In order to have a bid protest sustained, a protestor must have a reasonable chance of being awarded the contract if the protest succeeded. Often, this just means that the protestor’s own proposal must be acceptable to the awarding agency in the first place. What many contractors do not know, however, is that if intervening offerors would be in line for the award even if the protest was sustained, the protestor will not be considered an interested party by the GAO.Continue reading
You submit a quotation after the given solicitation deadline. The solicitation includes a provision stating, in part, that late submissions will not be considered, but the Contracting Officer (CO) evaluates your quotation anyway. The CO goes with another contractor, and you submit a protest. After all, the CO evaluated your bid, you have an interest in the matter, right?
Per the GAO, you don’t, and your protest will be dismissed. D B Systems (DBS) learned this the hard way.Continue reading
Let’s suppose that you just received a new solicitation hot off the press. As you peruse it, you find a requirement that you believe is too onerous or unnecessary. So you contemplate filing a GAO protest to challenge that term.
Before doing so, be sure that you’re an “interested party” under GAO’s regulations. Well, I filed a protest, you say, doesn’t that make me an interested party? Short answer: no.Continue reading
You know what they say about when you assume. Unfortunately, one contractor recently discovered that taking an assumed business name can have serious repercussions for proposal eligibility.Continue reading
In order to protest a procurement at GAO, the protester must be an “interested party.” An interested party is an “actual or prospective bidder or offeror whose direct economic interest would be affected by the award of the contract or by the failure to award the contract.”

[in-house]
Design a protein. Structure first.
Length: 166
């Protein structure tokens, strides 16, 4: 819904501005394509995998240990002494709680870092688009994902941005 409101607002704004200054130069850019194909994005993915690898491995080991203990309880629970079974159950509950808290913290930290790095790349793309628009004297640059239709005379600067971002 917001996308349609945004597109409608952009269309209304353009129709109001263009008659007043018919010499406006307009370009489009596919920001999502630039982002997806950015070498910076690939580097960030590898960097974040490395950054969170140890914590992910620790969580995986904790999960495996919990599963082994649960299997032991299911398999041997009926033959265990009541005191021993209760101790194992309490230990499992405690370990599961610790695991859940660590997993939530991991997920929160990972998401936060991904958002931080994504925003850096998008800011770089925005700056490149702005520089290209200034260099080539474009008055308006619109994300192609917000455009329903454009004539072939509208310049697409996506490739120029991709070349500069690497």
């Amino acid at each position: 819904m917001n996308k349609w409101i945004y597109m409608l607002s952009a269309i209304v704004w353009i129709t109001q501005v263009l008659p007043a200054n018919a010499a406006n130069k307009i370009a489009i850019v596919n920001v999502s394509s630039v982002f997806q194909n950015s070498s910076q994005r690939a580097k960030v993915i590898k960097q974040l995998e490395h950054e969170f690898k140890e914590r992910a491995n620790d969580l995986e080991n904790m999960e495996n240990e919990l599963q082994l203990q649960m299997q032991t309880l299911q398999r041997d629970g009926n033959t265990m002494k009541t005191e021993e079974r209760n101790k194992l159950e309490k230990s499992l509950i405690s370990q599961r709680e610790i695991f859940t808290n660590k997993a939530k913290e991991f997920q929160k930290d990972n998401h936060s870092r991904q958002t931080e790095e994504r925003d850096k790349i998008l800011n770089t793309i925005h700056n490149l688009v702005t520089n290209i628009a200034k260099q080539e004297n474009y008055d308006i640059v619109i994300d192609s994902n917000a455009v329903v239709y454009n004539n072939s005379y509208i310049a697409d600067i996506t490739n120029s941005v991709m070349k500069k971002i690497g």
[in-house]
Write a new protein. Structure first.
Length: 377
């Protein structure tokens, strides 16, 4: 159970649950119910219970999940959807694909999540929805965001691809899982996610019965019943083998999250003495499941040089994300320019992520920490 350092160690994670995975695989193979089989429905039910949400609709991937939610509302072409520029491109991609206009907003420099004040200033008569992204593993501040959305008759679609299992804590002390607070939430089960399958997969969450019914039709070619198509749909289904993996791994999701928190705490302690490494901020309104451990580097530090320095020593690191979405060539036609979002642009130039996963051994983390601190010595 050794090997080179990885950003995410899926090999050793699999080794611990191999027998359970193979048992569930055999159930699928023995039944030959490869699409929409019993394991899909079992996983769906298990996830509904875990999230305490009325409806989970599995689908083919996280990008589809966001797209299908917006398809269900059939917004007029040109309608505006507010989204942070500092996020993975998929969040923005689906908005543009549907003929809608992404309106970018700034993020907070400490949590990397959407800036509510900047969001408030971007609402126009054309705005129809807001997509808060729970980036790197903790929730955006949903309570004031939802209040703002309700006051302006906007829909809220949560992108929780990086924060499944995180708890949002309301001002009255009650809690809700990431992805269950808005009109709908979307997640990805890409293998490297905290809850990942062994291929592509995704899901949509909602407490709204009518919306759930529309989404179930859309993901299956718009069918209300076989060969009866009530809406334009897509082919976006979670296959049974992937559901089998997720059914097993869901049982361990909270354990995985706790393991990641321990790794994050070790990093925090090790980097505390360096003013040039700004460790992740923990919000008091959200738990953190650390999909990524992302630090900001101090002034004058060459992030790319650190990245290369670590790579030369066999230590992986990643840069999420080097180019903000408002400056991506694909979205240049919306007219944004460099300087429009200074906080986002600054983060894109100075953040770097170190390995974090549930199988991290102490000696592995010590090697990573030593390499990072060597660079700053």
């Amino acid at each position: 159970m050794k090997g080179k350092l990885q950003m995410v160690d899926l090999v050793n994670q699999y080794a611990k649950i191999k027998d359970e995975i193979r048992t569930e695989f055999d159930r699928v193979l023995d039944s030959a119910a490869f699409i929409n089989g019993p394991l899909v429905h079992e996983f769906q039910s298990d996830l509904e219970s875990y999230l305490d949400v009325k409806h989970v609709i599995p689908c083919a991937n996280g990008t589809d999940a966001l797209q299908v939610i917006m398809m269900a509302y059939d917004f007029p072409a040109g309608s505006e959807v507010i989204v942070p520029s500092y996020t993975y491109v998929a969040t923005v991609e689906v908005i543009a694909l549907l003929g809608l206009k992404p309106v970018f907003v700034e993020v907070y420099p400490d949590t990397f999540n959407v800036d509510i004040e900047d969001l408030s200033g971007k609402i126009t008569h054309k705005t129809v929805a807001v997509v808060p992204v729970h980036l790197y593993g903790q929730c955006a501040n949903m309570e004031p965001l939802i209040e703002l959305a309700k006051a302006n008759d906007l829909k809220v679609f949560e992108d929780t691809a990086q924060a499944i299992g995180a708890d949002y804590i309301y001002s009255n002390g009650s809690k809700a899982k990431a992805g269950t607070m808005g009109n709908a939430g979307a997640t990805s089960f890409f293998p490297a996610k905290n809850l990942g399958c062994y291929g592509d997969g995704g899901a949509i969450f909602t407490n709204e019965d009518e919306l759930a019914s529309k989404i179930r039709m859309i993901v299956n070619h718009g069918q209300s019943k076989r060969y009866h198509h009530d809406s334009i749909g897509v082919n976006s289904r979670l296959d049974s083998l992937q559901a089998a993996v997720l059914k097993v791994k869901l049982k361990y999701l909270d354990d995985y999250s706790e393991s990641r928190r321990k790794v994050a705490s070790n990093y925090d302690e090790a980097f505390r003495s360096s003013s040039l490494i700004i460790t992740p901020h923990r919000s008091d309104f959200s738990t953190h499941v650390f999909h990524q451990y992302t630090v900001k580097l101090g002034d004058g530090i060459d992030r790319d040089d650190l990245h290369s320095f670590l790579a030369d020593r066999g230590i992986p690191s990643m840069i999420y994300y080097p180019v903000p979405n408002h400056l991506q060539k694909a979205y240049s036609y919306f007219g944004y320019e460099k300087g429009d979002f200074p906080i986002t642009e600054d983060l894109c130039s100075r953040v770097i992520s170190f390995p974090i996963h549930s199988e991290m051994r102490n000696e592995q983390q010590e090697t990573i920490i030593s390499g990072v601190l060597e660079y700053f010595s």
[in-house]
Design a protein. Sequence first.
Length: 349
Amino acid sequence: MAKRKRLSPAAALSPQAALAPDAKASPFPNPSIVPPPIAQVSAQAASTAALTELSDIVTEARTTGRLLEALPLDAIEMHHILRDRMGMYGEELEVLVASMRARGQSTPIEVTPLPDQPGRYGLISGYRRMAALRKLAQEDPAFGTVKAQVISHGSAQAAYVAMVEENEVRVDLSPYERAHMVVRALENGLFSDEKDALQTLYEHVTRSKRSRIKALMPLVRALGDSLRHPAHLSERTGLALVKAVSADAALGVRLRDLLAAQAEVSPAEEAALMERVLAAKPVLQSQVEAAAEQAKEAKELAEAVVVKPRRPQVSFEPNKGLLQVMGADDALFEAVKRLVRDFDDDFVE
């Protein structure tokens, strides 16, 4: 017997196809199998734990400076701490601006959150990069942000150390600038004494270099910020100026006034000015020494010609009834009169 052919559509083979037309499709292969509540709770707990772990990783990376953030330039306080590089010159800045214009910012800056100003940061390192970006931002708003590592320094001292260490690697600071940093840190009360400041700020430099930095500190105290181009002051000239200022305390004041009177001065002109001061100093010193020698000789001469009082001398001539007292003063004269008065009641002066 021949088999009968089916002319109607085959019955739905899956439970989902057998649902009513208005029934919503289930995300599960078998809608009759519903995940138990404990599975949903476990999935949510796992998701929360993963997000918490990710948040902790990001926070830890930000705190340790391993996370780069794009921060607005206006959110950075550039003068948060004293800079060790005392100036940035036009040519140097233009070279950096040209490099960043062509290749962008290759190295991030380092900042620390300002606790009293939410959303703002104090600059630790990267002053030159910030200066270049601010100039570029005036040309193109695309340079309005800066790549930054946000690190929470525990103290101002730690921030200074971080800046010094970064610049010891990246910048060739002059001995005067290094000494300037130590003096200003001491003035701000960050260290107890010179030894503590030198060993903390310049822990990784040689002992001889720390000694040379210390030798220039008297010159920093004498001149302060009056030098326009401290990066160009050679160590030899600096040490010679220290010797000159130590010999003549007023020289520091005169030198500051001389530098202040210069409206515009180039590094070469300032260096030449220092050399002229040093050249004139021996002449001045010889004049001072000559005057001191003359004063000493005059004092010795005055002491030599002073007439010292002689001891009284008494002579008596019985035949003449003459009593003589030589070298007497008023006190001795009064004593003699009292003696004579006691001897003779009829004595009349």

But does the identity of the protester have to be the same as the offeror under the procurement? GAO recently offered some guidance on that question.
Only an “interested party” can bring a GAO bid protest. This generally means that a protester must be “an actual or prospective bidder or offeror” with a “direct economic interest” in the contract’s award.
You might ask: is there such a thing as an offeror without a direct economic interest in the outcome of the contract award? It can happen–and a novation may be relevant. In a recent case, GAO held that a pending novation meant that the protester didn’t meet the standard necessary to file a protest.
A subsidiary cannot file an SBA size protest on behalf of its parent company.
Last week, I wrote about an SBA Office of Hearings and Appeals case holding that a parent couldn’t file a size appeal on behalf of its subsidiary. Unsurprisingly, it turns out that the same principles apply to initial size protests, too.